As we noted last week, the United States regrets that the just-concluded Fourth Review Conference of the CCW failed to adopt yet another key protocol, on cluster munitions, which for the first time, would have placed the major users and producers of cluster munitions under a legally binding set of prohibitions and restrictions. Had such a protocol been adopted, we believe it would have been complementary to, not competitive with, the important Oslo Convention on Cluster Munitions. Indeed, had the draft protocol been adopted, it would have prohibited a greater number of cluster munitions for the United States alone than the Oslo Convention has prohibited for all of its member states combined. But even without the new protocol, we continue to move forward. The United States is determined to continue as a world leader in addressing the humanitarian impact of cluster munitions and other explosive remnants. Since 1993, the United States has provided more than $1.9 billion to mitigate the threat from explosive remnants of war in 81 countries. And the United States resolves to implement its own voluntary policy to prohibit by 2018 the use of cluster munitions with more than a one percent unexploded ordnance rate, and to encourage other countries to take similar steps.
In closing, Mr. Chairman, the United States Government is pleased to participate in this 31st International Conference of the Red Cross and Red Crescent because we share your unshakeable commitment to humanitarian values and international law. War does not silence law. Nor do we consider these Conventions quaint or outmoded. To the contrary, the Geneva Conventions are as vital today as when they were first conceived. That is why the United States will always be your staunch partner in this critically important ongoing effort to ensure the implementation of the laws of war in furtherance of our shared humanitarian values.
Remarks earlier this week by the U.S. Embassy’s Defense Attaché at a conference in Colombo reflected his personal opinions. They do not reflect the policy of the United States Government. The United States declined invitations to participate in this conference, and our Defense Attaché attended to observe the proceedings as part of his normal duties.
The United States remains deeply concerned by the findings of the Secretary-General’s Panel of Experts on Sri Lanka. We are committed to ensuring that there is a credible accounting of, and accountability for, violations of international human rights law and international humanitarian law in Sri Lanka. We believe that the Sri Lankan Government must act quickly and credibly to address the violations alleged in the report and to adopt the measures necessary to achieve national reconciliation and build a united, democratic, and peaceful Sri Lanka.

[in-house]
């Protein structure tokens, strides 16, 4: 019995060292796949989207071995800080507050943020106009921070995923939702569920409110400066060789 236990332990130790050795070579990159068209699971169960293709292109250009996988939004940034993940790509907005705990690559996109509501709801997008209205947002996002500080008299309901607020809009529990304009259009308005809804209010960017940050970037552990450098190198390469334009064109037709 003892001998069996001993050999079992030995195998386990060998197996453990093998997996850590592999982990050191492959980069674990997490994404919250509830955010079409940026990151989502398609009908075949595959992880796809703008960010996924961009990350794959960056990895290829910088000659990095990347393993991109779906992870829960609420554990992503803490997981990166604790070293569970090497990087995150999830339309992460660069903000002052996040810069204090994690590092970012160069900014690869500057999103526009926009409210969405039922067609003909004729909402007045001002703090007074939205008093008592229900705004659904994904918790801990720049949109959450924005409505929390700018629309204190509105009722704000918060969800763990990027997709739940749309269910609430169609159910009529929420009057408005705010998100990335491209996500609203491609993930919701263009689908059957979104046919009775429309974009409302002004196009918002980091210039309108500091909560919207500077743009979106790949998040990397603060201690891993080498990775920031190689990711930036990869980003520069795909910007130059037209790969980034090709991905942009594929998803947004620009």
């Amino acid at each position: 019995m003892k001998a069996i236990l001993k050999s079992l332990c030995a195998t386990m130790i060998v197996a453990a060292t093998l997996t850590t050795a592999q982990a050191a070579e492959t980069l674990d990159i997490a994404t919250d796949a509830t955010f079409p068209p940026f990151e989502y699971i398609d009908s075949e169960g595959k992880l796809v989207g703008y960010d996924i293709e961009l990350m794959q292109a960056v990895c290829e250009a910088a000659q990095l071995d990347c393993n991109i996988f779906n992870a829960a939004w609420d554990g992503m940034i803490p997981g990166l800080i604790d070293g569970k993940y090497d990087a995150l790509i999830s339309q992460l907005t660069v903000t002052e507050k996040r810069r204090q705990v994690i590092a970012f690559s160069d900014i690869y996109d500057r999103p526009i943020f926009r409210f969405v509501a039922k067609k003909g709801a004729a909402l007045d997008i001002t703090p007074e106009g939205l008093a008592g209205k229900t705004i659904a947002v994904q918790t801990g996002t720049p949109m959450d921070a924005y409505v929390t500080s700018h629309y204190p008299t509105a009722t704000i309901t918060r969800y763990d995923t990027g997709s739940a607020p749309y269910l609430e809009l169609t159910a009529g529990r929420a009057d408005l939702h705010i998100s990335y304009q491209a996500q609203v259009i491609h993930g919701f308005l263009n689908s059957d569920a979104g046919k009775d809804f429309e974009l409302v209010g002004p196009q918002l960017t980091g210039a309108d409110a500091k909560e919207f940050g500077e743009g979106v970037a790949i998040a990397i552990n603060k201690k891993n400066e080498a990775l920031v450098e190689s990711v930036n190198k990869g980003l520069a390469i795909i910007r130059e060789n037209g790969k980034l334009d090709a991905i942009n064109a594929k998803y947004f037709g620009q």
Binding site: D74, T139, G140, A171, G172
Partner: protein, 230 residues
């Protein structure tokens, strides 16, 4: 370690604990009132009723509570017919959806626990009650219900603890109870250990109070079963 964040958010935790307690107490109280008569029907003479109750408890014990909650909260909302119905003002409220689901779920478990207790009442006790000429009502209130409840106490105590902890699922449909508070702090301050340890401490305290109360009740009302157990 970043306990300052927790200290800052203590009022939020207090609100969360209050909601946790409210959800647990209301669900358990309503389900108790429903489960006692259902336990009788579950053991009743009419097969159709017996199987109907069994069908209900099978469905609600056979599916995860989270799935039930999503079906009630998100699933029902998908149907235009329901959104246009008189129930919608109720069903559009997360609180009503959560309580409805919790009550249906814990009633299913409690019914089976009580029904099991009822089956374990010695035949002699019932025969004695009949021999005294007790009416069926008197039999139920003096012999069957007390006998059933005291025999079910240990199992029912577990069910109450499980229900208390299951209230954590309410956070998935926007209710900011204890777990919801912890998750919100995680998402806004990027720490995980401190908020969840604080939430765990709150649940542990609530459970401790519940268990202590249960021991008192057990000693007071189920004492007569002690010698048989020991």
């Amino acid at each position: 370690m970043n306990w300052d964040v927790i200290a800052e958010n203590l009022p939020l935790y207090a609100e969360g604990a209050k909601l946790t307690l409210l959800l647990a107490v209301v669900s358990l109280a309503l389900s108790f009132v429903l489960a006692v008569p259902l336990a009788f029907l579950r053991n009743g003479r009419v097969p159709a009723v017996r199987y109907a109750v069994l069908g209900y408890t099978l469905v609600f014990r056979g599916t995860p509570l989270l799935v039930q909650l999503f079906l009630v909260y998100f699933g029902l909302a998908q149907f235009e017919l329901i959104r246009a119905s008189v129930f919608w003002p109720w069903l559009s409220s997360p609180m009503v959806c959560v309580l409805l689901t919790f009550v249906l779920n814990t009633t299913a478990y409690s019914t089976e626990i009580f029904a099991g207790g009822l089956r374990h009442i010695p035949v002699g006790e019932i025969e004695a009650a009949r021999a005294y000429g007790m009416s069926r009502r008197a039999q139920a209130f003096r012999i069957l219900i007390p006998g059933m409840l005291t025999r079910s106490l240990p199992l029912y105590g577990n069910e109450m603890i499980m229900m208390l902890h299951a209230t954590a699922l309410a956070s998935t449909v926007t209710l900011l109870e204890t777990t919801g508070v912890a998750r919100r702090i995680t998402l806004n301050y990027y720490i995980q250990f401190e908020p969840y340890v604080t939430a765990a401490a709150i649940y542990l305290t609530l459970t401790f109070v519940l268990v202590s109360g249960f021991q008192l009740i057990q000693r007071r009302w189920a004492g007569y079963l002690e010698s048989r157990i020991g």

Thanks to the support provided by the United States Agency for International Development (USAID) and the Colombian Ombudsman’s Office, the final round of the Seventh Human Rights’ University Contest will take place today in Santa Marta. This contest seeks to promote the inclusion of Human Rights and International Humanitarian Law (IHL) into the country’s undergraduate academic curricula and encourage university students’ commitment to the respect, legitimacy, and guarantee of Human Rights and International Humanitarian Law.
Participants who made it to the finals are students from Universidad EAFIT in Medellin and the Universidad Libre in Pereira. The judges of the contest are two auxiliary magistrates from the Inter-American Commission on Human Rights: Horacio Guerrero-Garcia, Delegate Defender for Indigenous Affairs and Ethnic Minorities and Congresswoman Orfinia Polanco-Jusayú, Representative for the Indigenous constituency. Also on the judges panel is Tatiana Rincon-Covelli, Consultant for the Ombudsman’s Office and Human Rights Specialist.
The winning university will receive two tickets to send a couple of students from the winning team to the Annual Human Rights Inter-American Contest organized by the American University in Washington D.C., two internships at the Ombudsman’s Office (either at central or regional levels), and a collection of books on human rights and IHL.
Participants who make it to the finals will have to analyze, under the supervision of a mentor, a hypothetical case of a human rights violation involving government officials. The contest includes mock trials to promote students’ capacity for analysis and investigation, the quality of the written material and how they argue their cases. This year’s hypothetical case issue will involve the rights of indigenous communities. There will be 73 teams from around the country a 46% increase from last year’s event.
The protection and defense of human rights is a priority for the U.S. Government and, in Colombia, it does not focus exclusively high-level dialogues with the Colombian Government, but it seeks to promote academic spaces where these issues may be discussed more thoroughly. The U.S. Embassy supports this contest as a valuable opportunity to raise the level of awareness among young people on the importance of defending human rights.
U.S. Ambassador William R. Brownfield met with representatives from ONIC, the National Indigenous Organization of Colombia on January 15, 2010. The Ambassador expressed his concern over the violence against the indigenous population around the country and appealed to the illegal armed groups to put an end to forced recruitment of indigenous children.
“The forced recruitment of indigenous children by illegal armed groups is a violation of International Humanitarian Law and the expression of indifference towards the most basic standards of human values,” said the Ambassador. “We appeal to all illegal armed groups to put an end to this practice,” he added.
The National Indigenous Organization of Colombia was founded as a response of the Consensus of Colombian indigenous communities and people during the First National Indigenous Congress in 1982. Its political platform is based on Unity, Land, Culture and Autonomy.